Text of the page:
(Reuters) - When a teenaged boy opened fire in a Kentucky high school, he claimed the lives of two young, well-liked sports enthusiasts and traumatized a small farming town, where investigators on Wednesday tried to piece together the shooter’s motive.
Police have not yet identified the 15-year-old gunman in the Tuesday morning attack at Marshall County High School in Benton, Kentucky, about 120 miles (190 km) northwest of Nashville, Tennessee.
Fourteen other students suffered were wounded, and another four high schoolers suffered non-gunshot wounds in the panic. It was the latest outbreak of gun violence in a nation where school shootings have become frequent.
The suspect, who police said was arrested without a struggle, was due to appear in court by Thursday.
Prosecutors intend to ask the court to charge the suspect as an adult, Jason Darnall, an assistant county attorney for Marshall County, told a news conference on Wednesday.
The youth will be charged with two counts of murder and multiple counts of assault, Darnall said. A grand jury will meet on Feb. 13 and will decide whether to proceed with the case, he said.
“Until that point everything remains confidential,” Darnall said.
The slain students were identified by state police as Bailey Holt and Preston Cope, both 15, state police said.
“Bailey Holt and Preston Cope were two great people,” Marshall County High student Gabbi Bayers said on Facebook. “It hurts knowing we won’t be able to share the laughs anymore.”
The teens’ enthusiasm for sports was evident from photos shared online by friends. Holt was a fan of the University of Louisville’s Cardinals football team. Cope played Little League baseball for the Calvert City Sluggers, in another small town more than 10 miles (16 km) north of Benton.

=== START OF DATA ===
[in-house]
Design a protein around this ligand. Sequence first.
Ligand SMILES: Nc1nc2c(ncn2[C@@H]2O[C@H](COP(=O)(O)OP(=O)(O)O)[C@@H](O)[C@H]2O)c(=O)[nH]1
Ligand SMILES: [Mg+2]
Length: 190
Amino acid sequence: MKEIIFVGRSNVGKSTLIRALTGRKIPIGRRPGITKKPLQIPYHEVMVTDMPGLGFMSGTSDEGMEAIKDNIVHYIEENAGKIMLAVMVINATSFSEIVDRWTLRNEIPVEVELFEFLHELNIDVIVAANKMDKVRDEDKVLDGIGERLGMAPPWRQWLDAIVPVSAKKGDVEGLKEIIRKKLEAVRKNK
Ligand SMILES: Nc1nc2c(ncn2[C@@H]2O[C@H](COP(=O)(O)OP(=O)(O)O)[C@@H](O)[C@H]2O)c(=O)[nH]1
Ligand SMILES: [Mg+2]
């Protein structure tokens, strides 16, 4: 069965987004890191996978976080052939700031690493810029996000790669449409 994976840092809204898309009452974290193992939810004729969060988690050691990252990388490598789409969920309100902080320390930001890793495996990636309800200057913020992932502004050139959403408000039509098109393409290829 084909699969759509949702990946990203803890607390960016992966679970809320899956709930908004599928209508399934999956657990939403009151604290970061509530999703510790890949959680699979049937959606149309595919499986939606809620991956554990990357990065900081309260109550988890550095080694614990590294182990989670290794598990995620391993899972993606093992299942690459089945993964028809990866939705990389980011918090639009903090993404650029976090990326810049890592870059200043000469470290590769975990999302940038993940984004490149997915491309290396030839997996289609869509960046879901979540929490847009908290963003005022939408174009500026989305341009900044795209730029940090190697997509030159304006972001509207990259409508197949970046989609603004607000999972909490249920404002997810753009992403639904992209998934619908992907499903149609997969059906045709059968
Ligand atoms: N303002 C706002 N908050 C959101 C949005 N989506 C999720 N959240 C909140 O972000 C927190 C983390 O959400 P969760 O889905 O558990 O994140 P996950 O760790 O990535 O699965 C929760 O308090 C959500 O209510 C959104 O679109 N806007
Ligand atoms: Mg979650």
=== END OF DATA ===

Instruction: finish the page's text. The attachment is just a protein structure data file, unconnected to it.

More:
“My thoughts and prayers are with Bailey Holt, Preston Cope, their families, and all of the wounded victims who are in recovery,” President Donald Trump wrote on Twitter on Wednesday, saying he had spoken to Kentucky Governor Matt Bevin.
Bevin posted a tweet saying that the families whose children were victims “will get through this but it’s going to come at a cost and there will be scars.” He reiterated a call for people not to speculate publicly on the motives behind the shooting.
The suspect entered a common area in the school on Tuesday, pulled out a handgun and began firing at students, state police said.
The attack at the school of nearly 1,150 students was the latest eruption of gunfire that has become a regular occurrence at schools and college campuses across the United States over the past several years.
The injured comprised five female and 13 male students, all 14 to 18 years old.
Five victims were still receiving care at Vanderbilt University Medical Center in Nashville on Wednesday. Hospital officials said four of those were in critical but stable condition. The fifth was in stable condition.
Reporting by Gina Cherelus and Jonathan Allen in New York; Editing by Scott Malone and Jonathan Oatis